Surveys on the James River turned up 175 sturgeon this spring, the most since a coordinated research program began two years earlier. The catch also included 15 sturgeon more than 5 feet long.
But the most surprising catch may have been a mature male caught on May 30-the last day of the survey-which was releasing sperm into the river.
Chris Hager, a fisheries scientist in the Sea Grant Marine Advisory Program at the Virginia Institute of Marine Science, said biologists thought spawning in the James took place earlier in the spring.
Also, he said one of the fish tagged earlier this year turned up in Delaware Bay later during their spawning season, suggesting that some of the fish seen in the James in early to mid-spring may be en route to other more northern areas to spawn.
"The presence of these northern stocks in mid-spring suggests that the bulk of our fish aren't here yet and may be coming behind them," he said. "A lot of these mature fish that we've been putting tags in thinking we were going to track them upriver may be Delaware ore even Hudson fish."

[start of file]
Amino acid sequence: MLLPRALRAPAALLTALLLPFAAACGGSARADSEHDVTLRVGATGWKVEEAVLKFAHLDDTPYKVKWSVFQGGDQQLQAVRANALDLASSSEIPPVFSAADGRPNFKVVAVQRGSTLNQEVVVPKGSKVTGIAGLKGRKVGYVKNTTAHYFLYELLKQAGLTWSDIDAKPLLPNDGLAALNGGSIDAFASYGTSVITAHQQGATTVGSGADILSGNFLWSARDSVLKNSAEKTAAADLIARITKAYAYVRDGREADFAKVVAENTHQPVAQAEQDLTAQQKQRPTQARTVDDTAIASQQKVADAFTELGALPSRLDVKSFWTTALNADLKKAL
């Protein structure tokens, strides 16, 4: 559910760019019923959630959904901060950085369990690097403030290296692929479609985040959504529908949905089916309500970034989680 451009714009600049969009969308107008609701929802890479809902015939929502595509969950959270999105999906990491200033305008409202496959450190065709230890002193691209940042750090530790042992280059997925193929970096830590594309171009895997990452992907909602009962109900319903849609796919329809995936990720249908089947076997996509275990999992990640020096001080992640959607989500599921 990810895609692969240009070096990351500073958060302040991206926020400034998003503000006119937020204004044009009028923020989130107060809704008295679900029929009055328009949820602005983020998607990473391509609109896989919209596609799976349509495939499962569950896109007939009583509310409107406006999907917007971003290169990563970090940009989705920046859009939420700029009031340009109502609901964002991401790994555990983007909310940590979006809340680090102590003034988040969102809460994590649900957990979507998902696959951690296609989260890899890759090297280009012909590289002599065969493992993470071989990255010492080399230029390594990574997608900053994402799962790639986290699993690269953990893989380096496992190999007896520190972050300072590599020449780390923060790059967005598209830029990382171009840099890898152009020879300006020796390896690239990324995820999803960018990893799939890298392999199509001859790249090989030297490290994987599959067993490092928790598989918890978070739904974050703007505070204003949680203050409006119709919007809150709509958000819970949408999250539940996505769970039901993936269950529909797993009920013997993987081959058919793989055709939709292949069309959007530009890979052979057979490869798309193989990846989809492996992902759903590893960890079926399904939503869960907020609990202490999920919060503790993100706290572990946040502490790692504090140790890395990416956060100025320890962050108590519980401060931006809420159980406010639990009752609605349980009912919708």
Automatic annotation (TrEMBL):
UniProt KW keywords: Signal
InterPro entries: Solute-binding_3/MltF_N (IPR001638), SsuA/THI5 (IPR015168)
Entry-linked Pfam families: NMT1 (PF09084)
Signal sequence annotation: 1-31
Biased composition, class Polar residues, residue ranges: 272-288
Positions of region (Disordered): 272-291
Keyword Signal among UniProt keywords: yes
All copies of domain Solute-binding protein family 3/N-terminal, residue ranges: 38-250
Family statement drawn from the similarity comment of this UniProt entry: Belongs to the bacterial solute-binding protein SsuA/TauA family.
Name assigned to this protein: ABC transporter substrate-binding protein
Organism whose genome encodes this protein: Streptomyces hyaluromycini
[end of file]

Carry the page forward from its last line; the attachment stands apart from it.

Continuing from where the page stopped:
Biologists are catching and tagging adult fish, hoping they will lead them to spawning areas that might need protection if sturgeon populations in the James are to rebound.
They are also tagging and tracking various year classes of netted fish to determine foraging areas, nursery areas and other habitats-as well as when the sturgeon are using them. These areas could then be targeted for protection in the future.
If James River spawning takes place later than literature suggests, the current monitoring program could be missing the majority of the spawning run, Hager said. He noted that Capt. John Smith also reported that sturgeon of about 4 feet were common in the spring, but "after the midst of June, those of two to three yards show up."
But Albert Spells, Virginia project leader for the U.S. Fish and Wildlife Service, cautioned against drawing conclusions from so few fish. "It probably raises some questions," he said. "But we haven't caught enough mature fish in late spring to come to that conclusion."